Remembering Ourselves at Camp: Shani’s Reflections on Parashat Bo
Please enjoy a D’var Torah this week from Shani Abramowitz. Shani is a second-year rabbinical student at JTS and is currently studying in Jerusalem for the year. Originally from Chicago, Shani has spent one summer at camp as a Yahadut teacher, and is looking forward to returning!
Remembering Ourselves at Camp
by Shani Abramowitz
In this week’s parashah, Bo, the Jewish people finally come into their own as a community with a sense of national identity. In the beginning of the parashah, the Torah recounts the story of Moses and Aaron’s last interactions with Pharaoh, the final set of plagues, and the Exodus itself. It is in this parashah that the Jewish people truly become a nation and it seems that this is the climax of it all. But what does it mean to become a people? What does it mean to share an identity and a vision of ourselves and our future?
In the final chapter of parashat Bo, the commandment of tefillin appears for the first time:
וְהָיָה֩ לְךָ֨ לְא֜וֹת עַל־יָדְךָ֗ וּלְזִכָּרוֹן֙ בֵּ֣ין עֵינֶ֔יךָ לְמַ֗עַן תִּהְיֶ֛ה תּוֹרַ֥ת יְהוָ֖ה בְּפִ֑יךָ כִּ֚י בְּיָ֣ד חֲזָקָ֔ה הוֹצִֽאֲךָ֥ יְהֹוָ֖ה מִמִּצְרָֽיִם׃
V’hayah l’cha l’ot al yadcha u’lzikaron bein einecha l’maan t’hiyeh torat Adonai b’ficha, ki b’yad chazakah hotza’acha Adonai mimitzrayim
And this shall serve you as a sign on your hand and as a reminder on your forehead – in order that the Teaching of the Lord may be in your mouth – that with a mighty hand the lord freed you from Egypt (Exodus 13:9).
Camp is an incredible place where we come together to imagine our Jewish future. Over the course of the summer, we engage in a project not unlike that of the Israelites who, on their way out of Egypt, are commanded to imagine and remember their identity for the first time. At camp, we have the luxury to dream big and to think seriously about our values.
This commandment, to bind our arm and adorn our forehead with the tefillin, appears again at the end of the parashah. In fact, it is the final verse of all of parashat Bo.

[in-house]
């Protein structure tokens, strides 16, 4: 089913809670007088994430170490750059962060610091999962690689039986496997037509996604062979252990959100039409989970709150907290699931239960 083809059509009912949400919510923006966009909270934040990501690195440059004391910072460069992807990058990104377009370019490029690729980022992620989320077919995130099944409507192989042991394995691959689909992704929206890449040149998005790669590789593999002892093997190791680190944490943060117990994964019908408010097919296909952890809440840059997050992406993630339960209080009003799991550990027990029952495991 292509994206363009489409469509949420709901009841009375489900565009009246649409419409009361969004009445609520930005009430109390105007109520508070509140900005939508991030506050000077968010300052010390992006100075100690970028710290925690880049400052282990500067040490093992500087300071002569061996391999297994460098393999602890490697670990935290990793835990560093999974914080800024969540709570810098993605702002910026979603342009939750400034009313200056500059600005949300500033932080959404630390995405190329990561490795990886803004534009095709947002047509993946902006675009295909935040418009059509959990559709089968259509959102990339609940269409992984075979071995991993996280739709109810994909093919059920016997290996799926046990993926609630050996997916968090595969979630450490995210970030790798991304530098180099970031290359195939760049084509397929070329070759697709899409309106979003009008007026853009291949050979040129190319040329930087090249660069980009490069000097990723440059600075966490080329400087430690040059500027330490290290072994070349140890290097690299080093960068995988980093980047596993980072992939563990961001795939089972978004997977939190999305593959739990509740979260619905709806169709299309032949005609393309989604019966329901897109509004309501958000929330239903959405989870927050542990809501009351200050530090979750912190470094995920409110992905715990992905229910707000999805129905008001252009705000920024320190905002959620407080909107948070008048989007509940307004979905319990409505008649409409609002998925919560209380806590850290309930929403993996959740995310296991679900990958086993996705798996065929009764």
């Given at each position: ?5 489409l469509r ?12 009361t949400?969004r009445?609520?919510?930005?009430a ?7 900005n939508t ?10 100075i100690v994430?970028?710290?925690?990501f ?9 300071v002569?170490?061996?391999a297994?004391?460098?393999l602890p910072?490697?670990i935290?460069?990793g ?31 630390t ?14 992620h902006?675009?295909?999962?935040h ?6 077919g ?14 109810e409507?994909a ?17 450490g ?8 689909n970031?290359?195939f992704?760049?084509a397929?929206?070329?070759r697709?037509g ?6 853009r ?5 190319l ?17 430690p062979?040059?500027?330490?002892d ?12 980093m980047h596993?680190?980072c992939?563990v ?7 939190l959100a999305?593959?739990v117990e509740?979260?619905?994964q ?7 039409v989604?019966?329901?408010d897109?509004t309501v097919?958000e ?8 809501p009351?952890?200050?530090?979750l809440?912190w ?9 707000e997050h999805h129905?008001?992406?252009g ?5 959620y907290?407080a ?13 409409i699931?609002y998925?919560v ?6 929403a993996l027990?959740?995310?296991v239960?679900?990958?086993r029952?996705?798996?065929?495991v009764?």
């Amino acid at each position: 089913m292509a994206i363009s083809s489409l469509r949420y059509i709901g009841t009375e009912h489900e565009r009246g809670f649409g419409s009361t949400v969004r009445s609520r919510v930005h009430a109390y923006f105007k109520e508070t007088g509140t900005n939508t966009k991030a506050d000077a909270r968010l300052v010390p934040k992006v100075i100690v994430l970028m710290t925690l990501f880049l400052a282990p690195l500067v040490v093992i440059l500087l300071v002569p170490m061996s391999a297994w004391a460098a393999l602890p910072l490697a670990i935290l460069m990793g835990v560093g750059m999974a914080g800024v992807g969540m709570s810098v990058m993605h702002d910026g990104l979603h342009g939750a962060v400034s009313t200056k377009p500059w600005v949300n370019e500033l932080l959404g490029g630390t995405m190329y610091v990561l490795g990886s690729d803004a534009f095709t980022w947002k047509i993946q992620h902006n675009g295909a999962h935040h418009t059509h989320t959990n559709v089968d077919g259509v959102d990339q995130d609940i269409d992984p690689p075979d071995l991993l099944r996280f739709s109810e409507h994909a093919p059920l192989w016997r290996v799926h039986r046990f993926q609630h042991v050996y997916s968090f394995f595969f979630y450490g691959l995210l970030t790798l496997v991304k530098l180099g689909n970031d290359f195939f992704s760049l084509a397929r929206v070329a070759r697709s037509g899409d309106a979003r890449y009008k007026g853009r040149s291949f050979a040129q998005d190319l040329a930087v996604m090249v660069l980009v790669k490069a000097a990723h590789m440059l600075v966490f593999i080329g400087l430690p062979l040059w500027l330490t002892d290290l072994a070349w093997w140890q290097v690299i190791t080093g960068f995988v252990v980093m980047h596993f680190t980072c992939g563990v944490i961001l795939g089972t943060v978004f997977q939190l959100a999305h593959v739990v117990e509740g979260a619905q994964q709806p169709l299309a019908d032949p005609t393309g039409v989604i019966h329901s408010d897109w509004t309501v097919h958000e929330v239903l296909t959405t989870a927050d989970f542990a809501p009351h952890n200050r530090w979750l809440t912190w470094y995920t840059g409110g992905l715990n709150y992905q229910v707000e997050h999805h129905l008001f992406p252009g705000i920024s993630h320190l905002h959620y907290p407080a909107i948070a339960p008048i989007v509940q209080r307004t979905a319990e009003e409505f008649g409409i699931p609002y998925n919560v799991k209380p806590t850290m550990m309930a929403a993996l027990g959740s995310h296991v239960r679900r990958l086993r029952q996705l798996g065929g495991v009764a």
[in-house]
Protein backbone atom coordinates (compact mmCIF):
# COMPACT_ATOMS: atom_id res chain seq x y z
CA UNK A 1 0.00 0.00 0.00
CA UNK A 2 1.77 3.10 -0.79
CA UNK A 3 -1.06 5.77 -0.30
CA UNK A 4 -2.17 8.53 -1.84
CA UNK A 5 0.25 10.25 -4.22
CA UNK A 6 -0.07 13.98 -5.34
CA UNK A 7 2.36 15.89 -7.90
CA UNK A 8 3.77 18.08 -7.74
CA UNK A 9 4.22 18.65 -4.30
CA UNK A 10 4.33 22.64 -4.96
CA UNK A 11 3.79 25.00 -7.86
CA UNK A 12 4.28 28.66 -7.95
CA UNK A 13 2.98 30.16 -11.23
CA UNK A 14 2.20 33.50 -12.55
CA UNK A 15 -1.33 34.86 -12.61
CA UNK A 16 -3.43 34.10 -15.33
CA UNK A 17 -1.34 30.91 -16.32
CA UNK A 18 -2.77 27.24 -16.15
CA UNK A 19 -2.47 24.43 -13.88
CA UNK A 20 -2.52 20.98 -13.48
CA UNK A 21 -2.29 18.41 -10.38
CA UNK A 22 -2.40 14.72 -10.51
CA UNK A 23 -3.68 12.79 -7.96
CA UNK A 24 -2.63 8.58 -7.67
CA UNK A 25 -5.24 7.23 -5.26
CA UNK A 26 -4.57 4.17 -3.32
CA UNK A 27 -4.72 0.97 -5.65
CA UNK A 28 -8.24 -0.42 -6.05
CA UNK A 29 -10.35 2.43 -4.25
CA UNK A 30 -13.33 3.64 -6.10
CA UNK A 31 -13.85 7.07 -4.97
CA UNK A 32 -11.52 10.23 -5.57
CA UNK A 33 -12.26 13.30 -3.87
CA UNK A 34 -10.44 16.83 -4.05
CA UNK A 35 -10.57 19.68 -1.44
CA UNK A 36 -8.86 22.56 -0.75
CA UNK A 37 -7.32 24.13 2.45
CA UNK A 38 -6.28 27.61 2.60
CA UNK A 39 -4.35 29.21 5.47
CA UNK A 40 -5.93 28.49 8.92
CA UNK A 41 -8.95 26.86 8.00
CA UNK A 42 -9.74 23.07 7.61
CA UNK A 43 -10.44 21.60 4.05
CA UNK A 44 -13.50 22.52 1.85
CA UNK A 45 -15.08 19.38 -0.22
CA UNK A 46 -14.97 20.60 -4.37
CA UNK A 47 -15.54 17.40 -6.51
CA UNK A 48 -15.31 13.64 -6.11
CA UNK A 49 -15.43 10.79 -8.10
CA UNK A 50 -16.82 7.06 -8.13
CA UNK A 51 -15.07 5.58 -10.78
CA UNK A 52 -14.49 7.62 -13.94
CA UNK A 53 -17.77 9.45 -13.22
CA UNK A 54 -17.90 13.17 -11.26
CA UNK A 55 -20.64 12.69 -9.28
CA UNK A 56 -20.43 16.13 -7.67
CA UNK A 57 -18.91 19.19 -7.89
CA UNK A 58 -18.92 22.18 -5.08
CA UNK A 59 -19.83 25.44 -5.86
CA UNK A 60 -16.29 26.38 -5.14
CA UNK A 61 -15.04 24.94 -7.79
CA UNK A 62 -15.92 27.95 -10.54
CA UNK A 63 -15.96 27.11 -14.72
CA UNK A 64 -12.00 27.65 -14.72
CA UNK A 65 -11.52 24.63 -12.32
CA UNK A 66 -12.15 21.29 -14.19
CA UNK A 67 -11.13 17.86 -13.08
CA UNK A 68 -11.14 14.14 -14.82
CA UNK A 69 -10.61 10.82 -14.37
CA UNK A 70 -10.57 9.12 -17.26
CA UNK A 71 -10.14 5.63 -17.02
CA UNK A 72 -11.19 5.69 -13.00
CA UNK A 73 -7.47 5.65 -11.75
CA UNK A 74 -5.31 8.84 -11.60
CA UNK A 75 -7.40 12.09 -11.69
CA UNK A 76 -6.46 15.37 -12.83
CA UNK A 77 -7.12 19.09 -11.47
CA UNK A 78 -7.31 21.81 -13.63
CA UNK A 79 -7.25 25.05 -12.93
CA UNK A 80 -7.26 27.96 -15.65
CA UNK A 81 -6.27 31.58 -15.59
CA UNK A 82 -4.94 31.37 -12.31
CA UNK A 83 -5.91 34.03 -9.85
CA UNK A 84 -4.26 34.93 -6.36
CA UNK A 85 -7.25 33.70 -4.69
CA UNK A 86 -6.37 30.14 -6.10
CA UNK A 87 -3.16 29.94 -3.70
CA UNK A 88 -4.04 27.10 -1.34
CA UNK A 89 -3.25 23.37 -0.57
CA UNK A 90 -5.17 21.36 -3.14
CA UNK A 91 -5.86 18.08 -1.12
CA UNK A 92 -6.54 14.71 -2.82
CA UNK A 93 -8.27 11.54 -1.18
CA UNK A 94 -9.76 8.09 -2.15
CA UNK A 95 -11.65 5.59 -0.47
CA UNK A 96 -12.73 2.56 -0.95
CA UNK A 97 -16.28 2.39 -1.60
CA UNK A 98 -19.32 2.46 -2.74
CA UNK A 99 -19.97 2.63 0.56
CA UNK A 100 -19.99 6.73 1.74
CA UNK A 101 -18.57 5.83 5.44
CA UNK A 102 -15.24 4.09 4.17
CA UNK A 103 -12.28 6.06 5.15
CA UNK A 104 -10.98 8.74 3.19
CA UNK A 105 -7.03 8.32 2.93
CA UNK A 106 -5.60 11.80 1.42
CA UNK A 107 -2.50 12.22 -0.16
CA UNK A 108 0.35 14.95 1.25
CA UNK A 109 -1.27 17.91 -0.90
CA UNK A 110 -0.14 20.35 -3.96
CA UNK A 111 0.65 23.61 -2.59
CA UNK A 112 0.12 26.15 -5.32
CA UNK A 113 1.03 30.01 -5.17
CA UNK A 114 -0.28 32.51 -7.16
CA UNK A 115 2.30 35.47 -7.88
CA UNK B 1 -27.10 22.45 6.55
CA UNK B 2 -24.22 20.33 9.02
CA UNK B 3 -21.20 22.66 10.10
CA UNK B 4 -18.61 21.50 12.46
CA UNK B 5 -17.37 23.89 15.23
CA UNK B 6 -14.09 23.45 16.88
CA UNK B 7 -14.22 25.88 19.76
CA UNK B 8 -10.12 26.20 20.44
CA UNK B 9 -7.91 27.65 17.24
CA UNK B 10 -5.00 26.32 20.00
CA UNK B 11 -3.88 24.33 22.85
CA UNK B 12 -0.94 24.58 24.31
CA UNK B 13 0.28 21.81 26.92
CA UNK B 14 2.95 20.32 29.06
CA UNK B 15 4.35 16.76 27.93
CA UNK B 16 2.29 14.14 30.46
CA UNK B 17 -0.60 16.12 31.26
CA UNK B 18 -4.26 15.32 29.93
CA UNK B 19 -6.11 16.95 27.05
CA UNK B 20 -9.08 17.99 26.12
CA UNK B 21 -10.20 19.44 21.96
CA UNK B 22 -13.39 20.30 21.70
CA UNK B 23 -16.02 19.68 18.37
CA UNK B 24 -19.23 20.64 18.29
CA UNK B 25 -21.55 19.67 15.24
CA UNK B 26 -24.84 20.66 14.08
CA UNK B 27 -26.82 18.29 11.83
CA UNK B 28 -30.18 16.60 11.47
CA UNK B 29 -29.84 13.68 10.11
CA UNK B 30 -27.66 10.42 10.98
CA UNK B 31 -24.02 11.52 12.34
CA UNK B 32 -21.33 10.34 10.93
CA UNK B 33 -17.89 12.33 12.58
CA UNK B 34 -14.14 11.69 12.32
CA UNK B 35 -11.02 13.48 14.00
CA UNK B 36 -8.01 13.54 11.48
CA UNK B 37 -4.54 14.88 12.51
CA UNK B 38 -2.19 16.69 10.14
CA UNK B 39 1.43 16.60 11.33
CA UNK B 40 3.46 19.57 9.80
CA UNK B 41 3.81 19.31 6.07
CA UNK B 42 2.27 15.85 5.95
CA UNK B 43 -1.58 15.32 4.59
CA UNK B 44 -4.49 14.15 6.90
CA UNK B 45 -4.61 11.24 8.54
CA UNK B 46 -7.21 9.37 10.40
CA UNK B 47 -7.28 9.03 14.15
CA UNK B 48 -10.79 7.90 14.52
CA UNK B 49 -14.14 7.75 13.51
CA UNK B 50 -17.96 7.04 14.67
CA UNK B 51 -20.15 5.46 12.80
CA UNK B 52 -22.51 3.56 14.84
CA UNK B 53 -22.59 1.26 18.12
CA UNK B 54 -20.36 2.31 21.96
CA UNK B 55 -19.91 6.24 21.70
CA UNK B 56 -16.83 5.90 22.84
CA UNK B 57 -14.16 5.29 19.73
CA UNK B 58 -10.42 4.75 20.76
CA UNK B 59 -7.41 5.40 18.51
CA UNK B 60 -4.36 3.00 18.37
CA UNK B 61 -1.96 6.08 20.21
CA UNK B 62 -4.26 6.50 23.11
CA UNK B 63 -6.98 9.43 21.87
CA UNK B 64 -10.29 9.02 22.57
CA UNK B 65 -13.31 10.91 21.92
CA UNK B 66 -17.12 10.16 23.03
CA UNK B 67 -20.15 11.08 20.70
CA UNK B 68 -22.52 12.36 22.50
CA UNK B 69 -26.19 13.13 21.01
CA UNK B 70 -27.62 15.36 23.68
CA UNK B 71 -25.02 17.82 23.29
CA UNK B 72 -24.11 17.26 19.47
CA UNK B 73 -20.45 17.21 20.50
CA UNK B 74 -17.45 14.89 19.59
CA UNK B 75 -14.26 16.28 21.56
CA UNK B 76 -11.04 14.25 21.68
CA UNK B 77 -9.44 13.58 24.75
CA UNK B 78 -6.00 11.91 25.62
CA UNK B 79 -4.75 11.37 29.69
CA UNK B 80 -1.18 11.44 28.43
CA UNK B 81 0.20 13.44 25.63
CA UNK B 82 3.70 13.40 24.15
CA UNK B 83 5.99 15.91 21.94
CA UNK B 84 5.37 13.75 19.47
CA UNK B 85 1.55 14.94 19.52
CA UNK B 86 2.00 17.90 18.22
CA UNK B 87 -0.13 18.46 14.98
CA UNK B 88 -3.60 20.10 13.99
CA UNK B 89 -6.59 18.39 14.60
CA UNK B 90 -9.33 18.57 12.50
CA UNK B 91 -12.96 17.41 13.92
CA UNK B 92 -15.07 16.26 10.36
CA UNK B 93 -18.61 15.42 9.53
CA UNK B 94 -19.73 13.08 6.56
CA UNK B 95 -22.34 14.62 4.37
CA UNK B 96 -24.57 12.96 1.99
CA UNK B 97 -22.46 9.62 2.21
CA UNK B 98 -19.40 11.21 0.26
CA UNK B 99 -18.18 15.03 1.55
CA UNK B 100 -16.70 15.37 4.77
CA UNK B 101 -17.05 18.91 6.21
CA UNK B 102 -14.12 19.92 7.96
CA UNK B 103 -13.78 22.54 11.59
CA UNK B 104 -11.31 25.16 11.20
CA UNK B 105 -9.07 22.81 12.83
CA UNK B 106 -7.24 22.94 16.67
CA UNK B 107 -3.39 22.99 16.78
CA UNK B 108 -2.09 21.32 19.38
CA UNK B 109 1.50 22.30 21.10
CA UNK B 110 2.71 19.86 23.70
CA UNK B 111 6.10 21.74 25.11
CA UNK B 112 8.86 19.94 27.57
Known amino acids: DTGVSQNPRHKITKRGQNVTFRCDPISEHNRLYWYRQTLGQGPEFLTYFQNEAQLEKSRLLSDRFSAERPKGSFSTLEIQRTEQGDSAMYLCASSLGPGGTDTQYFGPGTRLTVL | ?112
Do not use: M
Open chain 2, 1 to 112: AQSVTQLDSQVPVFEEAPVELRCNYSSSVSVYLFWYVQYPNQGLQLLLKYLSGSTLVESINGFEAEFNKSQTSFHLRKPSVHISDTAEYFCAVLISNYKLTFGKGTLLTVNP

וְהָיָ֤ה לְאוֹת֙ עַל־יָ֣דְכָ֔ה וּלְטוֹטָפֹ֖ת בֵּ֣ין עֵינֶ֑יךָ כִּ֚י בְּחֹ֣זֶק יָ֔ד הוֹצִיאָ֥נוּ יְהוָ֖ה מִמִּצְרָֽיִם׃
V’hayah l’ot al yadcha ul’totafot bein einecha, ki b’chozek yad hotzianu Adonai mimitzrayim
And so it shall be a sign upon your hand and as a symbol on your forehead that with a mighty hand the Lord freed us from Egypt (Exodus 13:16).
I spent my first summer at camp this year as a Yahadut (Jewish Studies) teacher, and I had the incredible opportunity to engage my students in questions of faith, observance, and philosophy. It was clear to me from the very first day that my students were so excited and proud to be Jewish, and that they were thinking seriously about what it means to be Conservative Jews in the world today. For me, camp was a two-month long exercise in remembering. Every day, as I would wrap my tefillin and daven shacharit (pray in the morning) with my campers, I was reminded of the unbelievable project that we constantly create and engage with at camp: the project of building and nourishing Jewish identity.
And, while two months flies by and feels like nothing at all, it remains a moment for everybody at camp, almost suspended in time, to become the best versions of ourselves, and to throw ourselves openly into the project of building the wonderful, joy-filled Jewish communities that we all want to be part of.